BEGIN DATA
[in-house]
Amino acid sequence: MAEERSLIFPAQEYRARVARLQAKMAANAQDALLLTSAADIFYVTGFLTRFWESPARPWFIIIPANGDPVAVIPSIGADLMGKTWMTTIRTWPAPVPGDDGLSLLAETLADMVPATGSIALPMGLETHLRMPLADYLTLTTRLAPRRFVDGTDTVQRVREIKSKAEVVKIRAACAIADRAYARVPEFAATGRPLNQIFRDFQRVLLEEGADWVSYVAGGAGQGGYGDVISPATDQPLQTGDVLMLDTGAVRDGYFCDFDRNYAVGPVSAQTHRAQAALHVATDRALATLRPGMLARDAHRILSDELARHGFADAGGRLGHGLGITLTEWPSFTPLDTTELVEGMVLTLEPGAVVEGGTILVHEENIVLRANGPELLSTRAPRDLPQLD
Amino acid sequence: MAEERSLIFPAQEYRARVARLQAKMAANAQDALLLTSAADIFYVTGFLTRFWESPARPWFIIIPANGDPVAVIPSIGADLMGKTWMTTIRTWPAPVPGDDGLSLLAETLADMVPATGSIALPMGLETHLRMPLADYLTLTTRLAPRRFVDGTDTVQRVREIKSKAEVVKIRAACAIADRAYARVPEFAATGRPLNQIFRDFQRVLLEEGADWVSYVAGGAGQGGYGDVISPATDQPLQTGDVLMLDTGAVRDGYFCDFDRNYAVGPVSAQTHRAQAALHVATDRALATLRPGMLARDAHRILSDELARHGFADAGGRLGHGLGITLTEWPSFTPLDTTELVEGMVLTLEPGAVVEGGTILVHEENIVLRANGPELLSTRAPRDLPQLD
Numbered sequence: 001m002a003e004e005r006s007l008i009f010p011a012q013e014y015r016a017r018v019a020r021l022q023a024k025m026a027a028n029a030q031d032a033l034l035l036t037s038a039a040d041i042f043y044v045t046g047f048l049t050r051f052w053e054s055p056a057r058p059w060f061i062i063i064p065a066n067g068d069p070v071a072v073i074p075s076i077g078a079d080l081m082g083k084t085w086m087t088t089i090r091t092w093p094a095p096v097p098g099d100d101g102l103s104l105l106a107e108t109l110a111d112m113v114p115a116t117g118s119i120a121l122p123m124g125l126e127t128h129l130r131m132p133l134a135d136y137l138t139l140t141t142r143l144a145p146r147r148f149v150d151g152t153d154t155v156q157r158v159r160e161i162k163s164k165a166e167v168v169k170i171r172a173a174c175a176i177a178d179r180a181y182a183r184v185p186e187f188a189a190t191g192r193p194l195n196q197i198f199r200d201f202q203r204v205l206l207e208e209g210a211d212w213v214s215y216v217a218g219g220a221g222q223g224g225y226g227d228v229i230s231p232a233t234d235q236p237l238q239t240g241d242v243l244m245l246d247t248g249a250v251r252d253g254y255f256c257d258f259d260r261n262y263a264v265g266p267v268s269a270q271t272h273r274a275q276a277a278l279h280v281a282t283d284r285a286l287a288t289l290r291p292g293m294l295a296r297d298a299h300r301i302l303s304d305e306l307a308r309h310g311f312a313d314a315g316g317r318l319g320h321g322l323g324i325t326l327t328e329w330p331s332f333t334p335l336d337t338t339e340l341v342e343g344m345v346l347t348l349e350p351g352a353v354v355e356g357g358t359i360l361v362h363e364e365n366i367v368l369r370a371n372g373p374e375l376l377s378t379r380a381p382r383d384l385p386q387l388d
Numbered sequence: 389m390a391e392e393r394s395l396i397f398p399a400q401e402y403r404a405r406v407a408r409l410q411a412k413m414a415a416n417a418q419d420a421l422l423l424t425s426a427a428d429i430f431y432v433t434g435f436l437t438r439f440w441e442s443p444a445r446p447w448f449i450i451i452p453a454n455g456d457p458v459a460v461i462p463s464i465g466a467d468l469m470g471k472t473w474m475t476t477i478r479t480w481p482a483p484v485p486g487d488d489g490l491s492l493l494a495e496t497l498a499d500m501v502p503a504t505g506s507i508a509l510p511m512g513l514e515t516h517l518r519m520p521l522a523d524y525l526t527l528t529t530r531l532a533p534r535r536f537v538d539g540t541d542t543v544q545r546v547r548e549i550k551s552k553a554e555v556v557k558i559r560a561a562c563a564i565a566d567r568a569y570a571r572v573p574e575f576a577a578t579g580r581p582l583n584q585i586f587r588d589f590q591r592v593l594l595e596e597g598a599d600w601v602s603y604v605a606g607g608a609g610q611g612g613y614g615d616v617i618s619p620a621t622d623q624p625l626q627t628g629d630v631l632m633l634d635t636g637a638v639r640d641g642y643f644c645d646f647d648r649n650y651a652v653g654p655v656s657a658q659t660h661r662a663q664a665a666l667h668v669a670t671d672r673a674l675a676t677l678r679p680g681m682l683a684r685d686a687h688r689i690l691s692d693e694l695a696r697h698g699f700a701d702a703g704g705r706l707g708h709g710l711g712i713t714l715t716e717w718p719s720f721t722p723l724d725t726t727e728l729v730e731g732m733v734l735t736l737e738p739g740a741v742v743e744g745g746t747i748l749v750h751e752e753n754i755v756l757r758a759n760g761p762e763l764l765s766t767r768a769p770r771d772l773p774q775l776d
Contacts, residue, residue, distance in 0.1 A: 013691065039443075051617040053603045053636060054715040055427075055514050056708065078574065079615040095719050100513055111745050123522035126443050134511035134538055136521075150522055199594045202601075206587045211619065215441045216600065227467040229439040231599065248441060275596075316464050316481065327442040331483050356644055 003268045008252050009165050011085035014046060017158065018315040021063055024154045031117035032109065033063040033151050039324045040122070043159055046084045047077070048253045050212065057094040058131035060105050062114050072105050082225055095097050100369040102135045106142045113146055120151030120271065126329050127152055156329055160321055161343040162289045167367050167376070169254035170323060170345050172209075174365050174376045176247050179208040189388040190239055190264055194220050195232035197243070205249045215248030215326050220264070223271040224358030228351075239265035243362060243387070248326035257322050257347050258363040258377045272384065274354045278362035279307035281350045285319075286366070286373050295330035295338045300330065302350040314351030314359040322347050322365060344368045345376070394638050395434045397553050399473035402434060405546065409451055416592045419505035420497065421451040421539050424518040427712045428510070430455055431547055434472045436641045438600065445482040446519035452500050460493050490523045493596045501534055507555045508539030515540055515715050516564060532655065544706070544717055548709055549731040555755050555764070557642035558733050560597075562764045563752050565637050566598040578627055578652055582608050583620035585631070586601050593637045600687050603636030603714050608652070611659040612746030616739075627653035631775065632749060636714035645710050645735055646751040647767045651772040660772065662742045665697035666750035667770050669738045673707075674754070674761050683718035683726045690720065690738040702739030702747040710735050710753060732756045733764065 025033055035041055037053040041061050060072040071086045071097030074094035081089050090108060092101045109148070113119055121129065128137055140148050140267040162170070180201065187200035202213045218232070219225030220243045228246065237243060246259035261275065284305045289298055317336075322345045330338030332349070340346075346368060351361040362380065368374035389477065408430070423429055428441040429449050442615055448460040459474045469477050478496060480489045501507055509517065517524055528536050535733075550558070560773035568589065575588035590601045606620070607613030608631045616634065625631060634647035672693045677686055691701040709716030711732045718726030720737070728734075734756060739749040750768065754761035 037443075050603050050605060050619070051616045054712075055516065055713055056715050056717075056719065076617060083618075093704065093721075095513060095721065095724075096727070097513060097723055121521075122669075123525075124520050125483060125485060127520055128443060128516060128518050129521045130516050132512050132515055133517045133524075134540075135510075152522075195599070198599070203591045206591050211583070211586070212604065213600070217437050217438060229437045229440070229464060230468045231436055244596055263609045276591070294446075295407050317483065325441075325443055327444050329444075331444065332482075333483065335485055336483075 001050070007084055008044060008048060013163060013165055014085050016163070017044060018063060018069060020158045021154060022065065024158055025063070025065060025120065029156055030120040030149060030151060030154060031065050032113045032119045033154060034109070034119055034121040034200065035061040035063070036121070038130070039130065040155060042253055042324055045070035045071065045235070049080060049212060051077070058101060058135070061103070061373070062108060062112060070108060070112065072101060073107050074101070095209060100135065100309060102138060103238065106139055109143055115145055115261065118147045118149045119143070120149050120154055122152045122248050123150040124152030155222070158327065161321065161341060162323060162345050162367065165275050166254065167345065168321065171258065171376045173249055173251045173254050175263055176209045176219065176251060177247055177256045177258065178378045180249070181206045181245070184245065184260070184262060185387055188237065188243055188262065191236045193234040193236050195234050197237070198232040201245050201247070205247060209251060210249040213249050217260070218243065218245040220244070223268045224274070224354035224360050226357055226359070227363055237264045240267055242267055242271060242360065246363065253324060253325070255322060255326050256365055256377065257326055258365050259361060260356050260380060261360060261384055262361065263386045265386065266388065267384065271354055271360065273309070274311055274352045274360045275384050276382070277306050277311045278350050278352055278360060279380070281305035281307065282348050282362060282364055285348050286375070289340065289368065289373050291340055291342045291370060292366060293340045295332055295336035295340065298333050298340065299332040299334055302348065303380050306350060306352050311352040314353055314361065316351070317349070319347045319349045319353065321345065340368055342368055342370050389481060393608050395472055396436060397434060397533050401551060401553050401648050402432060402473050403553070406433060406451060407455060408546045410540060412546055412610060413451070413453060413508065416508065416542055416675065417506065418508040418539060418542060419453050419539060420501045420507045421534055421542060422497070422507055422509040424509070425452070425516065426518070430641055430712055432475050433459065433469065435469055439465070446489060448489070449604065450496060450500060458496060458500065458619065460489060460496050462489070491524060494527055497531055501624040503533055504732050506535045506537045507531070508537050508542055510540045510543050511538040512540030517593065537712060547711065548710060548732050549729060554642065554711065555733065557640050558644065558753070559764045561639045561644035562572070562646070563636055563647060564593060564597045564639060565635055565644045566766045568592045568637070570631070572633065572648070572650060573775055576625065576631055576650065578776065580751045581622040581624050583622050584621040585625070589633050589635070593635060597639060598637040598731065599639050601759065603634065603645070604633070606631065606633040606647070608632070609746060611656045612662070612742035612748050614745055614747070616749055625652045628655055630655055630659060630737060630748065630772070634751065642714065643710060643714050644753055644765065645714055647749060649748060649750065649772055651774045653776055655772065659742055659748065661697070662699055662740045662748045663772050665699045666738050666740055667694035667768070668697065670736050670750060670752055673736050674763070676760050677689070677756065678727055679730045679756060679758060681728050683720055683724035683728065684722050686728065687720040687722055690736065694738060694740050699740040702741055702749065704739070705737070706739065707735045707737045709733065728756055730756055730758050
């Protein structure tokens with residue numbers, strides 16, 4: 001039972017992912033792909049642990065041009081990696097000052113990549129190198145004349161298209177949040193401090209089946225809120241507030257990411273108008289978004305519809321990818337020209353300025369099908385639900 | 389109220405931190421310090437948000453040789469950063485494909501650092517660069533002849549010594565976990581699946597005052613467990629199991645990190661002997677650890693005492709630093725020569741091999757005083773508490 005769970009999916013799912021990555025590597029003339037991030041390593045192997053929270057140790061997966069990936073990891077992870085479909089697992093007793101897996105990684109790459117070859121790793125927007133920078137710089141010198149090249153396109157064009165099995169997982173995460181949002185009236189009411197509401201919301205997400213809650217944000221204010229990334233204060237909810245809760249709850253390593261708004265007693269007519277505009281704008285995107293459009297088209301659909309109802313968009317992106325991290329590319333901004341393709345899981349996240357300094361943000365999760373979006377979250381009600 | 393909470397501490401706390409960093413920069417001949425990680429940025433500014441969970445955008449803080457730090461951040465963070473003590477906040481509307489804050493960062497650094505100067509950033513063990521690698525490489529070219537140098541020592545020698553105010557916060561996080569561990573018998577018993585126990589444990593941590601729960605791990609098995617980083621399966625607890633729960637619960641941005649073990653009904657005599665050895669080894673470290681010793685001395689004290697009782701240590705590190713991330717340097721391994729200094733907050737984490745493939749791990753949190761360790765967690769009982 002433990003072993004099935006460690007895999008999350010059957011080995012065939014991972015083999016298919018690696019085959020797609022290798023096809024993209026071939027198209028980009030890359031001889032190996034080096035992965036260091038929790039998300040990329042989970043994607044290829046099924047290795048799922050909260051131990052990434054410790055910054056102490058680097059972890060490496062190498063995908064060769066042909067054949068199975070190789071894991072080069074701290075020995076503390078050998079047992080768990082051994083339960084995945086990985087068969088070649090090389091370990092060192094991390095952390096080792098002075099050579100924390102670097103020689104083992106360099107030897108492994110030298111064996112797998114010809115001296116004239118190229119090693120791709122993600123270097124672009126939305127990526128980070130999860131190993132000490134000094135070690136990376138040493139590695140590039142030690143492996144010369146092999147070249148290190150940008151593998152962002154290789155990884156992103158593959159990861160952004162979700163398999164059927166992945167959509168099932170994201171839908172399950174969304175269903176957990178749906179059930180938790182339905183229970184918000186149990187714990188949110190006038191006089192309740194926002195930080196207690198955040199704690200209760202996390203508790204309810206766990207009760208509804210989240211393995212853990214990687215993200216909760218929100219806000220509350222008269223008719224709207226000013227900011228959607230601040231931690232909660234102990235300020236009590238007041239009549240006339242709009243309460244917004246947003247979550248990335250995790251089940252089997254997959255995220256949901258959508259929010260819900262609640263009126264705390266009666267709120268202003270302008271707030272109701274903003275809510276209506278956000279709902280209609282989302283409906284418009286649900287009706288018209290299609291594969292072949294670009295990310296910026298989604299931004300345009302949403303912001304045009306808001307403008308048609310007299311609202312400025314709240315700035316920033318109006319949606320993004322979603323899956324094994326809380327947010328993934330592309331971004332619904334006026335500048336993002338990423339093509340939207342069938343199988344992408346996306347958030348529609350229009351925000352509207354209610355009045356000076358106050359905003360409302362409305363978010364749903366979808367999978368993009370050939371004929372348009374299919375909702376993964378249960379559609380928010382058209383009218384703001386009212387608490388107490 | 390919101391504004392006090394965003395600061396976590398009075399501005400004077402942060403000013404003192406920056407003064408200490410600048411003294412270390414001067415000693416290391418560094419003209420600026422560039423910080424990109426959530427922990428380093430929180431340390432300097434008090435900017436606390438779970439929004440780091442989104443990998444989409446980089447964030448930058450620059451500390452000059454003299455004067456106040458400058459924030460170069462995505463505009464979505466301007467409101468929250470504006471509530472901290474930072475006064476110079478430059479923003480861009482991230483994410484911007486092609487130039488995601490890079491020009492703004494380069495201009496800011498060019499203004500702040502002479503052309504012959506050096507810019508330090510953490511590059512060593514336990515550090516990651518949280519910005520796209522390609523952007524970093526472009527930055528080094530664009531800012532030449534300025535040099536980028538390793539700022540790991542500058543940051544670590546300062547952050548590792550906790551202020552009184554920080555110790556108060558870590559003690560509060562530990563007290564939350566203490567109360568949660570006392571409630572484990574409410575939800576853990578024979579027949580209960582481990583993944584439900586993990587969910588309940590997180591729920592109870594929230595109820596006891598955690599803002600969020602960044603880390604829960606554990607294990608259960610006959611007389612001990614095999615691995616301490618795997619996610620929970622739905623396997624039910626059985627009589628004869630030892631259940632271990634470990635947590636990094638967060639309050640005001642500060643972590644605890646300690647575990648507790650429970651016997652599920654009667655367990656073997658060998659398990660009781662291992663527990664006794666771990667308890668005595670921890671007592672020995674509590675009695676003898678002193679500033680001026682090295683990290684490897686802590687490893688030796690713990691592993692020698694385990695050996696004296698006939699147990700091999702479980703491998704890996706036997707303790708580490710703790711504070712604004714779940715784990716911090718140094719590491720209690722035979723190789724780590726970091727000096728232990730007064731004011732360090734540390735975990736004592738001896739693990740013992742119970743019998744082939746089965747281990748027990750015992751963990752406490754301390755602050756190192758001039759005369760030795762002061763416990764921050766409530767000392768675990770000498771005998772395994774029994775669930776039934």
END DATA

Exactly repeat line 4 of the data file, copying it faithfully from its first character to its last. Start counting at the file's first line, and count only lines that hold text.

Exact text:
Numbered sequence: 001m002a003e004e005r006s007l008i009f010p011a012q013e014y015r016a017r018v019a020r021l022q023a024k025m026a027a028n029a030q031d032a033l034l035l036t037s038a039a040d041i042f043y044v045t046g047f048l049t050r051f052w053e054s055p056a057r058p059w060f061i062i063i064p065a066n067g068d069p070v071a072v073i074p075s076i077g078a079d080l081m082g083k084t085w086m087t088t089i090r091t092w093p094a095p096v097p098g099d100d101g102l103s104l105l106a107e108t109l110a111d112m113v114p115a116t117g118s119i120a121l122p123m124g125l126e127t128h129l130r131m132p133l134a135d136y137l138t139l140t141t142r143l144a145p146r147r148f149v150d151g152t153d154t155v156q157r158v159r160e161i162k163s164k165a166e167v168v169k170i171r172a173a174c175a176i177a178d179r180a181y182a183r184v185p186e187f188a189a190t191g192r193p194l195n196q197i198f199r200d201f202q203r204v205l206l207e208e209g210a211d212w213v214s215y216v217a218g219g220a221g222q223g224g225y226g227d228v229i230s231p232a233t234d235q236p237l238q239t240g241d242v243l244m245l246d247t248g249a250v251r252d253g254y255f256c257d258f259d260r261n262y263a264v265g266p267v268s269a270q271t272h273r274a275q276a277a278l279h280v281a282t283d284r285a286l287a288t289l290r291p292g293m294l295a296r297d298a299h300r301i302l303s304d305e306l307a308r309h310g311f312a313d314a315g316g317r318l319g320h321g322l323g324i325t326l327t328e329w330p331s332f333t334p335l336d337t338t339e340l341v342e343g344m345v346l347t348l349e350p351g352a353v354v355e356g357g358t359i360l361v362h363e364e365n366i367v368l369r370a371n372g373p374e375l376l377s378t379r380a381p382r383d384l385p386q387l388d